Walking out of a theater last night, I struggled to convey to my wife why I didn’t like the movie. “I can’t tell you exactly what they could’ve done better,” I said, “I just know they did it wrong.”
Odds are, 99% of the internet population is clueless about good web design, just as I’m ignorant about creating a good movie. In other words, if you asked them which elements are most important in creating a professional website, they couldn’t tell you.
What they could identify, although subconsciously, is bad web design. If a customer perceives that little thought and effort was put into designing your site, they may draw a similar conclusion about your products or services.
What makes a professional, usable website?
- Consistency: There’s nothing worse than having to re-learn the site structure on each page. Navigation, headers, and footers should remain consistent throughout the site.
- Logical Layout: Are the most important page elements above the fold? Is site navigation where it’s supposed to be, on the left or top of the site? It just doesn’t pay to get too creative with your site’s layout. Checkout the artistic, yet highly confusing layout of Crumpler Bags. After you sit through the unwelcoming splash intro, you must mouse over the navigation links on the bottom left of the site in order to decipher their meaning.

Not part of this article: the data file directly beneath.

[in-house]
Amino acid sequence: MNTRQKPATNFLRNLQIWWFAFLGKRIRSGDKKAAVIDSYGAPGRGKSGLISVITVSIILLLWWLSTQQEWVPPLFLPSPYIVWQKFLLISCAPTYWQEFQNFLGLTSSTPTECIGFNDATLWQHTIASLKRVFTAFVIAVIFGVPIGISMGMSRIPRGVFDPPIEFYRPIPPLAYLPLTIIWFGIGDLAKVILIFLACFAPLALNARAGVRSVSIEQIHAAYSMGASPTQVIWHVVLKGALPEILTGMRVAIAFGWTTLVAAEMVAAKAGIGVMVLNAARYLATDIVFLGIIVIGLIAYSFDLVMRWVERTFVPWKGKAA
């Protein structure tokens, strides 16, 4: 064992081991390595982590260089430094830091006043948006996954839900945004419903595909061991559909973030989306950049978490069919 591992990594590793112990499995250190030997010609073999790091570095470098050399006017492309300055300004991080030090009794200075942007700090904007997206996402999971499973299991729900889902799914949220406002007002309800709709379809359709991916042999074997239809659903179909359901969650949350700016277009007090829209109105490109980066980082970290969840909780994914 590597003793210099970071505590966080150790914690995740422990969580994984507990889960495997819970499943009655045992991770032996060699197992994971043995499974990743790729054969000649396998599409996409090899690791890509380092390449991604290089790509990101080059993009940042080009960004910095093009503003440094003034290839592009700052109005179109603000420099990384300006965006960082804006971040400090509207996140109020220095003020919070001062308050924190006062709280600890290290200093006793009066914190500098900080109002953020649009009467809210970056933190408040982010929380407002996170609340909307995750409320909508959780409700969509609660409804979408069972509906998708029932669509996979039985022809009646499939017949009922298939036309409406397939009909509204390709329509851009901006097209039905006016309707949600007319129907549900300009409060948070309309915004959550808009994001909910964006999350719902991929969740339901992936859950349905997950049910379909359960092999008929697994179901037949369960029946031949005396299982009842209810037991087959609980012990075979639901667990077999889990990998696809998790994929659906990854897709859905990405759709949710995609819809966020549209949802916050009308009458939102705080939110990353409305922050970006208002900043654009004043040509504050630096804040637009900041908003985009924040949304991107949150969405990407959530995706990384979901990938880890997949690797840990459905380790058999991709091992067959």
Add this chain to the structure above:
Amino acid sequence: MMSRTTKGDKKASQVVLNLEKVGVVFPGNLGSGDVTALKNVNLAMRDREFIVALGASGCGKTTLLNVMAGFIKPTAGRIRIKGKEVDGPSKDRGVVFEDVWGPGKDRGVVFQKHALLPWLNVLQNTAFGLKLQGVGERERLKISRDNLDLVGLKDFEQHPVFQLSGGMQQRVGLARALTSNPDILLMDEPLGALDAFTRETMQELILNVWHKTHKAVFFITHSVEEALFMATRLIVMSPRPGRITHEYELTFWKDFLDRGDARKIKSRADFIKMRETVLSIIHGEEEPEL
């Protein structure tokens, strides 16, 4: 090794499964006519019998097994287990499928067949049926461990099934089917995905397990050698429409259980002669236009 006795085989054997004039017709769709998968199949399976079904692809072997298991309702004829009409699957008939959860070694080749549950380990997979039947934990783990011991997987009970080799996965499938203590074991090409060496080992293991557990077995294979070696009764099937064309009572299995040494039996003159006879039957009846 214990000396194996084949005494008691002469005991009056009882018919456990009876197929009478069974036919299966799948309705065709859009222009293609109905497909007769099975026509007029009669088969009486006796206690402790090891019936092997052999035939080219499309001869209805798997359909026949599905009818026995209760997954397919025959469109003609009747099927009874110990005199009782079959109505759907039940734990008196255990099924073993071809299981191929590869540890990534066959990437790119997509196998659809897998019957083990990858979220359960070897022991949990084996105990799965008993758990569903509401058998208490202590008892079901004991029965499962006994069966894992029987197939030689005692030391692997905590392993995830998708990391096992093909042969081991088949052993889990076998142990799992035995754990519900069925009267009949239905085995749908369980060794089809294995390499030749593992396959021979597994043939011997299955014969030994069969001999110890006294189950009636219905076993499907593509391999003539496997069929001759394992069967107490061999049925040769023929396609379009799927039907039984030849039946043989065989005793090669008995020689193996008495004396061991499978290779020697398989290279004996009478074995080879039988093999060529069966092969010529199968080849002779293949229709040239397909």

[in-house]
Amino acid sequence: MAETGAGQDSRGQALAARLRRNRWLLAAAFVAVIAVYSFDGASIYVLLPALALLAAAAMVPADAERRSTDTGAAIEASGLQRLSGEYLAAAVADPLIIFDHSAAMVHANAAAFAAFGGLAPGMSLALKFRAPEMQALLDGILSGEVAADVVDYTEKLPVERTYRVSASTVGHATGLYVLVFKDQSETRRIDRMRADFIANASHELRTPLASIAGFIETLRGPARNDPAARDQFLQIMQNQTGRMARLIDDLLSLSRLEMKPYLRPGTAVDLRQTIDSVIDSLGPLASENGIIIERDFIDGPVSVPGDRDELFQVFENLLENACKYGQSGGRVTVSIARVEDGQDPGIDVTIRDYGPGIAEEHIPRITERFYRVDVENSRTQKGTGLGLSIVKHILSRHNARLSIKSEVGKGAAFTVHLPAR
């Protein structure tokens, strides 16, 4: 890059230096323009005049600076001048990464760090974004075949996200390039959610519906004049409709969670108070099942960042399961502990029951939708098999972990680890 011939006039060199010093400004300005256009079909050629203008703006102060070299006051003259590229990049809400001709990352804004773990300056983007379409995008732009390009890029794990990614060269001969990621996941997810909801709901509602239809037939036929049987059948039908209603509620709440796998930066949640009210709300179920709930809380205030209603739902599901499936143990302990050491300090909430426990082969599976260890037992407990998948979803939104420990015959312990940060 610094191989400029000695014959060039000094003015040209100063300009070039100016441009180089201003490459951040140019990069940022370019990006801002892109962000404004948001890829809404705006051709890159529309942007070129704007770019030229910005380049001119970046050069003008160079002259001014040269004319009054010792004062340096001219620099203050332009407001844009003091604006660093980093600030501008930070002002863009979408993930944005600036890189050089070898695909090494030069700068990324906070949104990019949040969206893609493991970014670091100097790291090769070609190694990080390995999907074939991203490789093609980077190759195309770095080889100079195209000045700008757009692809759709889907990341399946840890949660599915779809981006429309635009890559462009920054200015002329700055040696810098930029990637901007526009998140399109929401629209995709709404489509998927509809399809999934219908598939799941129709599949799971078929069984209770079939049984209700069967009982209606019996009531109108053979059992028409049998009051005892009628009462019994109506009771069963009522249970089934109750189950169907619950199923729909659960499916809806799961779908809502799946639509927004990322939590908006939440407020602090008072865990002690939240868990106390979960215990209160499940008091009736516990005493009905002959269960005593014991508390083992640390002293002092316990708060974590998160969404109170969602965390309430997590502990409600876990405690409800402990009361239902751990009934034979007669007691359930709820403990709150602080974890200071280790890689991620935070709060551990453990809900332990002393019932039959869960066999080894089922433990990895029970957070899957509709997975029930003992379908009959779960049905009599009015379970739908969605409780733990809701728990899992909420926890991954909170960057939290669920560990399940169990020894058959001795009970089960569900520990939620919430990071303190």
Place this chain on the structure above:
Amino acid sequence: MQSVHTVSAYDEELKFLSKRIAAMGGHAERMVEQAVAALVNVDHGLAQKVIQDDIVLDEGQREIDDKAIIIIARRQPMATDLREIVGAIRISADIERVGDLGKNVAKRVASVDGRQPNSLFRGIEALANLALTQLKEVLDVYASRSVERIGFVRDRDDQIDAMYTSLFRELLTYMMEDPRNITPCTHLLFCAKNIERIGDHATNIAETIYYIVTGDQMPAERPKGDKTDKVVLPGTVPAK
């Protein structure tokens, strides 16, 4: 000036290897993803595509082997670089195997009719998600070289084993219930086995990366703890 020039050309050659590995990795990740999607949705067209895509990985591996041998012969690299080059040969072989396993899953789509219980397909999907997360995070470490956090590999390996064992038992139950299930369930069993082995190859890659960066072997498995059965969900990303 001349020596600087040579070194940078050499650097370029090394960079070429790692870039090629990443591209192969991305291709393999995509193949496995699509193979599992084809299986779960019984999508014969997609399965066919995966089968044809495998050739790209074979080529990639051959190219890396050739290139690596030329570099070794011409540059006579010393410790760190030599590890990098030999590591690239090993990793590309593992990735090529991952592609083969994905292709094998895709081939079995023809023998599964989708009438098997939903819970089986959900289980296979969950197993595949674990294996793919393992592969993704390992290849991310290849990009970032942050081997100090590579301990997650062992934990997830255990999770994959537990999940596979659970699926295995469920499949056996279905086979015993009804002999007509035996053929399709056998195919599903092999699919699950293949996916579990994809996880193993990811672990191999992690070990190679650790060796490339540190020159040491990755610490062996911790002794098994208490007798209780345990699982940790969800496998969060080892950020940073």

- Good Colors: Colors can make a huge impact on the perception of your brand. Ensuring that your color scheme is inline with your demographic is an invaluable.
- Easy Reading: Stylistic fonts are fine for logos and branding, but simple san-serif fonts are a must for content.
- Speed: A usable site that doesn’t serve up content fast is pointless.
Websites are tools first, artwork second
I’ve dealt with many talented graphic artists who mistakenly design a website the same way they’d design print media. It’s incredibly important to remember websites are tools first, artwork second. It’s very possible for the design of a website to be too good. In other words, the artwork or animations can take away from the core purpose of the site.
How to Know if your Design Sucks
Since we tend to operate in the box, we may neglect to notice fatal design flaws with our own sites. Here’s 3 ways to gauge the success of your current design.
- Ask your customers: The customer knows best. Survey your customers to see what they think of your site design. How do they feel about the colors and layout? What about the pictures and graphics? Ask both open ended and multiple choice questions.
- Ask your peers: Submitting your site for review in webmaster forums is a great way to get the feedback of other experienced web designers.
- A/b test different designs: The only sure-fire way to determine which design is optimal is through a/b testing. Tools like Google’s Website optimizer make this a cinch.
Let me know what you think. How much do graphics matter in establishing trust? Seen any really good (or bad) site designs lately?